By James Russell

The improbably thin shaft of the 828-meter (2,717-foot) Burj Khalifa, a tour de force of architecture and engineering, is a reflective-glass icon of Dubai’s triumphant arrival on the world scene. Or it’s a towering monument to easy-money hubris. Take your pick.

Burj Khalifa
Burj Khalifa

Changing expectations is the perilous fate of architecture that strives to be the biggest, the most lavish, the most significant. Now pundits galore predict the end of spectacle and glitz. The post-crash reality is looking more complex.

Burj developer Emaar Properties may make money even on deeply discounted sales of its high-rise homes, since the building cost only $1.5 billion because of labor practices so exploitative they drew the wrath of Human Rights Watch. (Could the labor corner-cutting be responsible for elevator problems that closed the 124th-floor observation deck soon after opening?) But the elegant execution by the Chicago office of Skidmore Owings & Merrill (with former partner Adrian Smith) wows critics and visitors alike—helping people forget how it was made.

Although the credit crunch has slowed or stopped any number of other supertall towers in Asia and the Middle East, the Okhta Tower for Gazprom, at 400 meters (1,300 feet), may yet deface St. Petersburg if virulent protests fail. For now, the tower has been approved, though construction has yet to begin.

Different Sort of Delusion

America fell out of love with supertall skyscrapers years ago yet now faces a commercial property meltdown that’s more about delusional debt than the building frenzy seen in Shenzhen and Dubai. The Spire, a tapering 150-story residential tower at 610 meters (2,000 feet), by Santiago Calatrava, was supposed to become a new icon for Chicago. Now it’s just a massive hole in the ground. The Chicago Architectural Club is currently soliciting ideas for the pit.

The only boom-era tower likely to make a lasting impression on Manhattan’s skyline is the Beekman Tower, a 76-story apartment building with a shining crumpled-metal façade by Frank Gehry. Topped off last year, it barely avoided losing half its height as luxe housing contracted. Otherwise, megaprojects in New York and Los Angeles barely pulse, and progress on the World Trade Center site is glacial.

Construction began last year on what will be London’s only skyscraper to break the 1,000-foot mark. The Shard, a mix of offices, hotel, and exclusive apartments has been bouncing around for almost 20 years. If you were Qatar and the Sellar Property Group, its developers, wouldn’t you plow ahead, economy be damned? A revised design has cost this 87-story pyramid of overlapping glass planes a considerable degree of elegance. Get used to it. It may dominate the skyline for decades.

Eyes in the Sky

Rising on a four-block site and standing on gigantic 32-story haunches, the CCTV, headquarters of Chinese state television, looks as if it is scanning Beijing’s cityscape for Googling dissidents—if only they could get this daring feat of engineering opened. Designed by Rotterdam’s OMA for a 2008 Beijing Olympics unveiling, OMA now says it doesn’t know when it will be done. (A high-rise hotel next door, largely destroyed by fire, is supposed to be rebuilt.)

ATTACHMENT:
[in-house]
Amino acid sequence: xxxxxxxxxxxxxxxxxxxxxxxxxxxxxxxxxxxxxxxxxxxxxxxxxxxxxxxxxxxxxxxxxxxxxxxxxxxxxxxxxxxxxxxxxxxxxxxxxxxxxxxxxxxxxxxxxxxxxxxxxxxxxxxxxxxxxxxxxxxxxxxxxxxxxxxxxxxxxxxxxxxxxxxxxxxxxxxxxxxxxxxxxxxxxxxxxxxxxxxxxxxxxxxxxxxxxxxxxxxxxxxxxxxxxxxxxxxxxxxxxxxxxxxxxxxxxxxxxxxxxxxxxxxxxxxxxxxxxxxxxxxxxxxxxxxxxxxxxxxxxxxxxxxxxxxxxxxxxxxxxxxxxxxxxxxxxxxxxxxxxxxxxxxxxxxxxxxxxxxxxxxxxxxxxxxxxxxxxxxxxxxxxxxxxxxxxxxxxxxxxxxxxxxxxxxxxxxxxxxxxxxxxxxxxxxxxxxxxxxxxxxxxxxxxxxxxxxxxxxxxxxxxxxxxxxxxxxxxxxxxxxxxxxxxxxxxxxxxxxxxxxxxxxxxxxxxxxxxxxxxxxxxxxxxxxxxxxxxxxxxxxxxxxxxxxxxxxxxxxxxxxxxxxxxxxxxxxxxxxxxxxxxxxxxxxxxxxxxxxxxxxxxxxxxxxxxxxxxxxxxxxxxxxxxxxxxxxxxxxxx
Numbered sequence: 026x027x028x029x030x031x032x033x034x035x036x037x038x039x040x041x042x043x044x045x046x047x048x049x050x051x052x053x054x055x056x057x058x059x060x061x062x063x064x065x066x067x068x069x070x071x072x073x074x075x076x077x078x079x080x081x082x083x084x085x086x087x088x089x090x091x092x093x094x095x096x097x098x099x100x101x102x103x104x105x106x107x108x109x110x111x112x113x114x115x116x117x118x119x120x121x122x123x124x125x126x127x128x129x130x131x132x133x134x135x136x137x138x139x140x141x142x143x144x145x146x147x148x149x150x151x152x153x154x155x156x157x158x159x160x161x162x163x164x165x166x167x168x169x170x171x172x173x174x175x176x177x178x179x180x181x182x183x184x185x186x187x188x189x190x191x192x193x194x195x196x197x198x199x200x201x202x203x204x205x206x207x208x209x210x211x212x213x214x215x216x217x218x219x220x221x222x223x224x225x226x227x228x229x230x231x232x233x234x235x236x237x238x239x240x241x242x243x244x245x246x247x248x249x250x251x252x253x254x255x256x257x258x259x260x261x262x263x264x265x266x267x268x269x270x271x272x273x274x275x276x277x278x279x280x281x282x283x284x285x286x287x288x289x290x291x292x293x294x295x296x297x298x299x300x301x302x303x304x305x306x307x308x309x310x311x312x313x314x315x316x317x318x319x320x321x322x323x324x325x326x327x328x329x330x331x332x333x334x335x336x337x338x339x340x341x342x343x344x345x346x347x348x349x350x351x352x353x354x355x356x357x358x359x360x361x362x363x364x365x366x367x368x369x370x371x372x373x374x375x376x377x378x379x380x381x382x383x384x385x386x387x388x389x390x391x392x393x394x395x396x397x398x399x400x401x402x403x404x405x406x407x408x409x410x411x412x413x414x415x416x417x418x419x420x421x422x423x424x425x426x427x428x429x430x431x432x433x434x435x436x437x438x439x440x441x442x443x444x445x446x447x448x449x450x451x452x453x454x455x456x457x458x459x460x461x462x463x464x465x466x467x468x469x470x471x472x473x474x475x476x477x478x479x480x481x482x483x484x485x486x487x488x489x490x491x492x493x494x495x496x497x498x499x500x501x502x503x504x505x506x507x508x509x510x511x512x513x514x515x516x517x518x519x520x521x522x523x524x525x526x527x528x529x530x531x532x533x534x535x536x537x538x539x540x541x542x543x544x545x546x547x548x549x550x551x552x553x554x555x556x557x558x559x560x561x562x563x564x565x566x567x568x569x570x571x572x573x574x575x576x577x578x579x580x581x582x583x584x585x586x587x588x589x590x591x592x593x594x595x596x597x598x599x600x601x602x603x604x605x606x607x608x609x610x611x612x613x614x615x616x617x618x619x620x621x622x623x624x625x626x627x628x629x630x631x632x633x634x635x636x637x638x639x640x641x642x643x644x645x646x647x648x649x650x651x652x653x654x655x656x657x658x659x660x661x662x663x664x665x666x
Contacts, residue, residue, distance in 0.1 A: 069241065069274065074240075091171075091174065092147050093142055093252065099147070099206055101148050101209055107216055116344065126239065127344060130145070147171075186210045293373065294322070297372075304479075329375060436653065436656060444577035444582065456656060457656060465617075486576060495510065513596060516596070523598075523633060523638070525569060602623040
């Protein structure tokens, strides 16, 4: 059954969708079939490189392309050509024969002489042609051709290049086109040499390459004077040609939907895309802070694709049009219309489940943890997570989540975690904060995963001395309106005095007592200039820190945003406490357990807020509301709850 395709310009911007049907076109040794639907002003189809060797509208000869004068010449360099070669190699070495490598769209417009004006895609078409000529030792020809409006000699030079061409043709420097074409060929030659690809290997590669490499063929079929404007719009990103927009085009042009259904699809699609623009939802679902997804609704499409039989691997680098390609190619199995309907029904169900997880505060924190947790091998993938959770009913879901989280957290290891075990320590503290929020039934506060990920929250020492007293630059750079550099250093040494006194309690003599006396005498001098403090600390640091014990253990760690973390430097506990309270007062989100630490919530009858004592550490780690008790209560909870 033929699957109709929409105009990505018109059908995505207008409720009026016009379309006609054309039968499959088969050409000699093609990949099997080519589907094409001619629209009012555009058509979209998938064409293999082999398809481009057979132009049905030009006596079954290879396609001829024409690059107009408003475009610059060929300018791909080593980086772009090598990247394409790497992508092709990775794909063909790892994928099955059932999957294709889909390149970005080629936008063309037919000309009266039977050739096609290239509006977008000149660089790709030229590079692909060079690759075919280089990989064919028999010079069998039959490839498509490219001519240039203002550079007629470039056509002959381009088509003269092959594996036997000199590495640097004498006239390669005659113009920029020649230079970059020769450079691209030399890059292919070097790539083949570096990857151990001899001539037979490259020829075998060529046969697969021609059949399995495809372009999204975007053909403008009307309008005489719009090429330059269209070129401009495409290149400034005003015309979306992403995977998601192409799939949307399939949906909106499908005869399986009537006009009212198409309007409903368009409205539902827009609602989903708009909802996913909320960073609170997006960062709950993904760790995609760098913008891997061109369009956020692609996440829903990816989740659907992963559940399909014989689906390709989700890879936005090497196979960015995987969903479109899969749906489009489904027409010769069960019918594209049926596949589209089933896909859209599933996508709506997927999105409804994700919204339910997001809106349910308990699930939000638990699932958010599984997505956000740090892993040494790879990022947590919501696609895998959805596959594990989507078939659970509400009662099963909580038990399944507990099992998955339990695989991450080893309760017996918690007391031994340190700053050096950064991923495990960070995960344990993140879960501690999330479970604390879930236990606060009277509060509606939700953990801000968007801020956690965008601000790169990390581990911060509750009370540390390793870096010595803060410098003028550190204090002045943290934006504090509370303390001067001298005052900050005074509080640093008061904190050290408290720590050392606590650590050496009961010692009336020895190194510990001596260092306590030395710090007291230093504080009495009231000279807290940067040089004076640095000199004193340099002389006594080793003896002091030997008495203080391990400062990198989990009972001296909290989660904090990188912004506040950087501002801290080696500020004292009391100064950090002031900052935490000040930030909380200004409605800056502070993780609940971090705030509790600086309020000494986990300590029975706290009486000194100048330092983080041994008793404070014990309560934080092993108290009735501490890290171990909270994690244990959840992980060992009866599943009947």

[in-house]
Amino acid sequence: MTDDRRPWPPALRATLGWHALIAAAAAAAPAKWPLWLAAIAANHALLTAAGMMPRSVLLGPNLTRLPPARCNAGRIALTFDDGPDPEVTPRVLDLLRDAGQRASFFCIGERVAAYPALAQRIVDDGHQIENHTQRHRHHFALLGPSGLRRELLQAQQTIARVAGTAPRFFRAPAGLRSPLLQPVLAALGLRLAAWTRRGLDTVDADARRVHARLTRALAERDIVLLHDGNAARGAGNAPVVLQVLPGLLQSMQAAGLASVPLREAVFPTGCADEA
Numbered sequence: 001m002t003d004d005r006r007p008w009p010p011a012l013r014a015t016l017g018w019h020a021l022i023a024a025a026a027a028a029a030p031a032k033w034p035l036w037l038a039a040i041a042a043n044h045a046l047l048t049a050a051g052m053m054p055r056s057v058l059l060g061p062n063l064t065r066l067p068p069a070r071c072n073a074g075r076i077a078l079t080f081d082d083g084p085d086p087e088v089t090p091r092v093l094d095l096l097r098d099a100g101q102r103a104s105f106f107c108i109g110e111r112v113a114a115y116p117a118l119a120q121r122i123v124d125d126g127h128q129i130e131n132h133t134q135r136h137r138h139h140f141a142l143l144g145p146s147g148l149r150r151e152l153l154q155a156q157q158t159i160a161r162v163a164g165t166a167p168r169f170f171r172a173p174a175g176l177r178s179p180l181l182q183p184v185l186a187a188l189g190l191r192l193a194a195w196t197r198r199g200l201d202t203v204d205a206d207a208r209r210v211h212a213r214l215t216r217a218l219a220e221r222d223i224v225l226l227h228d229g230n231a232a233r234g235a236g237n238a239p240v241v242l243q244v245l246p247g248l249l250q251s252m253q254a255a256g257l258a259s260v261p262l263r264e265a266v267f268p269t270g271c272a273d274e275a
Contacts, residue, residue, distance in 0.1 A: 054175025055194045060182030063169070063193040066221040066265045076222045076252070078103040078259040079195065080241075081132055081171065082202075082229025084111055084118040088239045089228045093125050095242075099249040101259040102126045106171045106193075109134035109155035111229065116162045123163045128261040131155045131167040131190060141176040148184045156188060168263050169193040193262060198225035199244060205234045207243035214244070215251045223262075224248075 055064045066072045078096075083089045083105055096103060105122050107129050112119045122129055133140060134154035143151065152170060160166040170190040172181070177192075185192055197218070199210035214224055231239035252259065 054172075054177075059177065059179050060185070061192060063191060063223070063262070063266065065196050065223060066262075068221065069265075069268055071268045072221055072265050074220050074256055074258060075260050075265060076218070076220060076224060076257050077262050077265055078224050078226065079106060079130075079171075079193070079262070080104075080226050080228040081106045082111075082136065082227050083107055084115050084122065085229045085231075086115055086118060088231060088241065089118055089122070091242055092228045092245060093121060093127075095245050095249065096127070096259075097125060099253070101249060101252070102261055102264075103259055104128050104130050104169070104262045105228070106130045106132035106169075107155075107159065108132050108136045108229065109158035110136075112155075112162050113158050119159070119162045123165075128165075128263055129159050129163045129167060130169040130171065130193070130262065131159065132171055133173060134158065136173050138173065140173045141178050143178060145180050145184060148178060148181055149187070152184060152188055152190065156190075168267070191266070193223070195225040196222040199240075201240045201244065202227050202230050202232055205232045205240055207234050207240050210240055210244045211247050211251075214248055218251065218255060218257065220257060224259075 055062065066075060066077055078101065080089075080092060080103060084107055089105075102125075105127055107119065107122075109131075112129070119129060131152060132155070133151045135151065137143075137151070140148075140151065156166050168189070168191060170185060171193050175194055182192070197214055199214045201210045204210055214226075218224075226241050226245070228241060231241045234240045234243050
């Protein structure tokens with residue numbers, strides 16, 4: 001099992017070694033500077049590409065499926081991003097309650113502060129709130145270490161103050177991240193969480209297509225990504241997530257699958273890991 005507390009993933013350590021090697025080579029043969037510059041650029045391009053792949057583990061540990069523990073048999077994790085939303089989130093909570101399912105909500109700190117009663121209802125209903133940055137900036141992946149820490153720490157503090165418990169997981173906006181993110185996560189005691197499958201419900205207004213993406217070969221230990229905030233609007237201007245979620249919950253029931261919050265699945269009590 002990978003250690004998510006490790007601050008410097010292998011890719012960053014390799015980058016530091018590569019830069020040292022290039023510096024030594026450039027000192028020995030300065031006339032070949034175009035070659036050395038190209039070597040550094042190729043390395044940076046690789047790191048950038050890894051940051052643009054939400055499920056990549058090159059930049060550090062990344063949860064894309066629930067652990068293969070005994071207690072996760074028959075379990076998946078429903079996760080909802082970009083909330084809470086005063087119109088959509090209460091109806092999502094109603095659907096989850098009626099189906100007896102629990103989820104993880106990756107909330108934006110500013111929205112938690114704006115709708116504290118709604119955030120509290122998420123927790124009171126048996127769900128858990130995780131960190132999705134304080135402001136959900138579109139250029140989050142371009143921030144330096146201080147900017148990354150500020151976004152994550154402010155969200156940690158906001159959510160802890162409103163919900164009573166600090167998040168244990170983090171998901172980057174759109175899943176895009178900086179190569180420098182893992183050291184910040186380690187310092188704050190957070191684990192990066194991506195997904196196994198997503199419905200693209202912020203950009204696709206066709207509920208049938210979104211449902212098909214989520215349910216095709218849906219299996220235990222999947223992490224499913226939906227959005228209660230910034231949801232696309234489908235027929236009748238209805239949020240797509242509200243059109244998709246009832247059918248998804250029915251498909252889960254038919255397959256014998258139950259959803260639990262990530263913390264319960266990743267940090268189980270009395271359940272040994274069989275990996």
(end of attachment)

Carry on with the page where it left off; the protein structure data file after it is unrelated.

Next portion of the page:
The scale of growth in countries such as China and India has spurred plans for eco-cities. Masdar, being built from scratch in Abu Dhabi for as many as 90,000 residents, looks most likely to succeed. Master-planned by London’s Foster & Partners, it will be 85% solar powered and rely on light rail, walking, and personal rapid transit. Phased construction is well under way for 2018 completion.

In recent years museums have replaced churches and town squares as social meeting places. They’re also the focus of much innovation within architecture. Having bailed out Dubai earlier this year, Abu Dhabi still has cash to build the Saadiyat Island development, studded with major museums (including Guggenheim and Louvre branches) designed by five Pritzker Prize-winning architects.

Outshining the Exhibits

For sheer jaw-dropping splendor, visit Zaha Hadid’s Maxxi contemporary art museum in Rome, opening later this year after 11 years of design and construction. Its lusciously curved tubular galleries overlap each other like giant strands of pasta. Curators are figuring out how to make you notice the art.

HafenCity, a $10 billion rebuilt port district in Hamburg, Germany, made headlines for the budget-busting, two-years-late Elbphilharmonie, the new $500-million home for the NDR Symphony by Swiss celebrity architects Herzog & de Meuron. But the hall’s travails will soon assume second place to HafenCity’s impressively flood-resistant design (tuned to climate-change effects) and handsomely serviceable low-energy architecture, such as the new waterfront Unilever headquarters by Stuttgart architect Stefan Behnisch.

In the teens, carbon neutral is architecture’s new holy grail—perhaps also its savior.

James S. Russell is Bloomberg’s architecture critic. The opinions expressed are his own.